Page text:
If you’re expecting a new addition to your family this year, it’s an exciting but also daunting time, especially when it comes to your finances.
“As a new parent, you have an idea that it’s going to be expensive, but there are a lot of unexpected things that come up that you may not plan for,” says Andrea Woroch, a consumer finance expert.
Woroch says parents should think ahead and plan wisely before your baby arrives—here are her 5 do’s and don’ts for new parents.
DO: Ramp up your savings
Woroch says parents will spend about $12,000 during the baby’s first year—on everything from supplies like diapers and formula, to more expensive baby gear like a crib and stroller. Additionally, you need to be prepared to add your baby to your health plan, and pay for possible child care expenses. If you don’t get maternity leave or plan to take time off, you also need to take into account what your income will be once your baby arrives, she says.
“The costs keep growing,” Woroch says. “So it’s really important to look for ways to cut down on current spending and look at bills to trim or get rid of,” she says. Saving more before your child arrives will give you “the peace of mind that you’re financially secure.”
DON’T: Overspend on baby gear
Woroch says it’s tempting to want the newest and best baby gear for your child, but resist the urge to overspend.
“Don’t fall into the trap of buying too much stuff,” she says. “A baby needs the basics—you need a car seat, a crib, perhaps a stroller, and diapers and clothing.” In addition to being gifted these items by generous friends and family, Woroch says you can often ask other parents to borrow gear their children have grown out of and no longer use. She also recommends using Facebook marketplace to search for discounted baby items.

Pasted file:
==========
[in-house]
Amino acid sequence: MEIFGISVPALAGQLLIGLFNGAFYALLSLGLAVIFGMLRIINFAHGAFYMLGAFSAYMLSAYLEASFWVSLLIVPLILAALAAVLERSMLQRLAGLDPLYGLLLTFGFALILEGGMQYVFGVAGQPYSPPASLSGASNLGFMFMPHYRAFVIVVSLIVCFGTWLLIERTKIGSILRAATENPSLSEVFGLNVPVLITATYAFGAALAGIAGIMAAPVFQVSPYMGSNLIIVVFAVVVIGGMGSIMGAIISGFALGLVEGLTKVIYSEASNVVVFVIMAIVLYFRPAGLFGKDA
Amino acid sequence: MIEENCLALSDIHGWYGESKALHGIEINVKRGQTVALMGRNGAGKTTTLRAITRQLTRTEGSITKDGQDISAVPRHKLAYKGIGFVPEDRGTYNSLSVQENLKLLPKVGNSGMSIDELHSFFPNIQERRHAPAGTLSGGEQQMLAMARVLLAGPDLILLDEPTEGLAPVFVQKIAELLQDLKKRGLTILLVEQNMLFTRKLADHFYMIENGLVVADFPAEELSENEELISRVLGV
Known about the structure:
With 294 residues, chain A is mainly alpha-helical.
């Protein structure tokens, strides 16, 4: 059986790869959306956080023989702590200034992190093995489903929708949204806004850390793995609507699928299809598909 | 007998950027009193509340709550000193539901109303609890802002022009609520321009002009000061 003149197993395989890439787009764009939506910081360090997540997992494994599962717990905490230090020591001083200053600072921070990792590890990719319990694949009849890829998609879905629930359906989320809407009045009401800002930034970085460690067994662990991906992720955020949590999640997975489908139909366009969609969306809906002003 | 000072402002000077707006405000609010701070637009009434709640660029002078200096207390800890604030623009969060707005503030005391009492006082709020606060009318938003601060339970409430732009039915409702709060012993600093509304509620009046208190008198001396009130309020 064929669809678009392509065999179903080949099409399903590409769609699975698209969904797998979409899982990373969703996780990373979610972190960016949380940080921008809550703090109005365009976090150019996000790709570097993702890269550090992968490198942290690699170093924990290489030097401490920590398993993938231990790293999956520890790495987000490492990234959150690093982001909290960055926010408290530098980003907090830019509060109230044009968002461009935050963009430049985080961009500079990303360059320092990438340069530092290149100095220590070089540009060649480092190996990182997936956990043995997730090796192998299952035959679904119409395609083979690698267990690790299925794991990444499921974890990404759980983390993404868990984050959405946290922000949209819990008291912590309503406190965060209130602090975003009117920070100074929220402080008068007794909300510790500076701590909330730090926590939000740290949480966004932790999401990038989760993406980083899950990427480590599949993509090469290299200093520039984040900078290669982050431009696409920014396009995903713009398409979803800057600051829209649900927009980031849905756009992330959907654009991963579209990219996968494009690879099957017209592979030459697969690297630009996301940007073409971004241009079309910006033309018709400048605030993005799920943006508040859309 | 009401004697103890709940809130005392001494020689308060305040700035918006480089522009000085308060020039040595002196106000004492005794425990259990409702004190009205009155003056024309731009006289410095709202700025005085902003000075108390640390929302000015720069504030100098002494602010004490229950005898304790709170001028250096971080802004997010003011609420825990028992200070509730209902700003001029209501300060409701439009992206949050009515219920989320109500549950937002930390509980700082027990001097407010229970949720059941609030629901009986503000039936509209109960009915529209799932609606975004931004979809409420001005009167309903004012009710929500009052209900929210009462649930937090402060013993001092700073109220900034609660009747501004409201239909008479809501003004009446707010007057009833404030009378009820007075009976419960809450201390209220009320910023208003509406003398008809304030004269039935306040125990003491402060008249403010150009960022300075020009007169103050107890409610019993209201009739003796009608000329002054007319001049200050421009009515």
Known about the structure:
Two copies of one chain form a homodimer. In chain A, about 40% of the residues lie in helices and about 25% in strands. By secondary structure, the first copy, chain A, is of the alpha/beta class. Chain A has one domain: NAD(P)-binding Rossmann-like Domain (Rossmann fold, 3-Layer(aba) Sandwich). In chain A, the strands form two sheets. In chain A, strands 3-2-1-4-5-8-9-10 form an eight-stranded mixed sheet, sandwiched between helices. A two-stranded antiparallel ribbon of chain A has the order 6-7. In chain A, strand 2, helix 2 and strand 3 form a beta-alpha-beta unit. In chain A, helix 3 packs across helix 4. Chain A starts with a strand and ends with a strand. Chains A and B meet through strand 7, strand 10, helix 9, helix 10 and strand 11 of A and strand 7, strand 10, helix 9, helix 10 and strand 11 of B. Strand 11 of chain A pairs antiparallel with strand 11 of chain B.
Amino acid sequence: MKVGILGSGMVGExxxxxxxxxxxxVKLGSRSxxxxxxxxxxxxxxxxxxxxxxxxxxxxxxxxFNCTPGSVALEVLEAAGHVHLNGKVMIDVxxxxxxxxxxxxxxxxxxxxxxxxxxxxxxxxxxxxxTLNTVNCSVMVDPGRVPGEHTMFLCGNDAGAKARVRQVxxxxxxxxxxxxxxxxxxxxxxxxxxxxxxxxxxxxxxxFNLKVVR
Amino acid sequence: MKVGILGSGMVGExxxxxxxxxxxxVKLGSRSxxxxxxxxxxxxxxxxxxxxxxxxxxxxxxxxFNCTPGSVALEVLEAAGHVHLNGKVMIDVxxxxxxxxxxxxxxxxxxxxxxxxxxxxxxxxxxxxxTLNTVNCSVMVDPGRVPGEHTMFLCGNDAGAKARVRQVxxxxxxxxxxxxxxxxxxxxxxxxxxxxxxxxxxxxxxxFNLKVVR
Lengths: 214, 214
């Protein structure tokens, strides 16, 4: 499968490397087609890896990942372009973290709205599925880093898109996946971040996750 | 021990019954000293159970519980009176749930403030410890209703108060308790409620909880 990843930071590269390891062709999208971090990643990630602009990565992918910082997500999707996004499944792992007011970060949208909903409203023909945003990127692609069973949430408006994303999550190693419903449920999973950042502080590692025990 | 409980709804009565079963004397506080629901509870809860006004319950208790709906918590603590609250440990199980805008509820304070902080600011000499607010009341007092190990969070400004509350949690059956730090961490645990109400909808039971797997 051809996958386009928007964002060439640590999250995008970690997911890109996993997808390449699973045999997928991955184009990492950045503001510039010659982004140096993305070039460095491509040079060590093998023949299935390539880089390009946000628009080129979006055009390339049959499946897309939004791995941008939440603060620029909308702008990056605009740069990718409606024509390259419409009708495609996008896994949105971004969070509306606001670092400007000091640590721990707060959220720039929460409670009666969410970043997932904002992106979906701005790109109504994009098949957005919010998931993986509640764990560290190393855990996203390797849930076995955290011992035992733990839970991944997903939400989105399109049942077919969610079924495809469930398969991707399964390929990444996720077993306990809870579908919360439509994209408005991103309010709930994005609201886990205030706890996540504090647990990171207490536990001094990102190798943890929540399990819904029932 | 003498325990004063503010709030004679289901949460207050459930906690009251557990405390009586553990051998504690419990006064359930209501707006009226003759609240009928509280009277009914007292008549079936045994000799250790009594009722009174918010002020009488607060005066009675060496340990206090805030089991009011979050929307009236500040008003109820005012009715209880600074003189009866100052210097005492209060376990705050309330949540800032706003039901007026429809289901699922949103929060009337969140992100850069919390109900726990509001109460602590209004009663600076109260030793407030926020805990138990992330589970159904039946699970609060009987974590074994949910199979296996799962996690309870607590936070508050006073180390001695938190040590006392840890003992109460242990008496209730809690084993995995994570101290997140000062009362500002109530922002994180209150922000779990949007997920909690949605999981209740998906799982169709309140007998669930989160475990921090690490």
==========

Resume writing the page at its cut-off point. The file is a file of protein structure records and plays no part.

DO: Research affordable childcare
Childcare is a huge expense for parents—according to the Economic Policy Institute, the average cost of childcare ranges from $4,000 to $22,600 per year, depending on where you live and the age of your child. If you’re going back to work and don’t have family in the area, Woroch says you need to look at the hourly rates for childcare services to see what you can realistically afford.
Additionally, don’t forget about nights and weekends when you might want a night out or have plans.
“It’s important to give yourself a little wiggle room in your budget or consider a babysitting exchange with other parents to save money and help each other out,” she says.
DON’T: Neglect life insurance
It might seem bleak, but Woroch says it’s important to think about getting or updating a life insurance policy.
“Parents don’t want to think about death when they’re bringing a new life into the world, but this is the exact time that you need to plan for the unexpected,” she says. “A life insurance policy is the most important thing that you can do to keep your family financially secure.”
Life insurance plans get more expensive as you get older, so planning ahead can save you money in the long run. Woroch says a rule of thumb is to find a plan that offers coverage at 6-8 times your gross annual salary.
DO: Save for college
Woroch says with the rising costs of college, you need to start saving for your child’s future education from day one.
“The longer you wait, the more money you’re going to have to put away, and the less that money is going to gain interest in a savings or investment account,” she says. Custodial accounts and 529 plans are investment accounts that grow interest and compound over time. “This will help you reach your goals faster—it’s so important for parents to get started right away,” she says.
While it’s overwhelming to prepare for all of these changes and unknowns, Woroch recommends taking it one step at a time.
“Figure out all your different options—even if you don’t start saving right away or don’t get that life insurance plan doesn’t mean you can’t do it tomorrow, or next week, or next month,” she says. “Just make sure it’s on your to-do list and you’ll get it done.”
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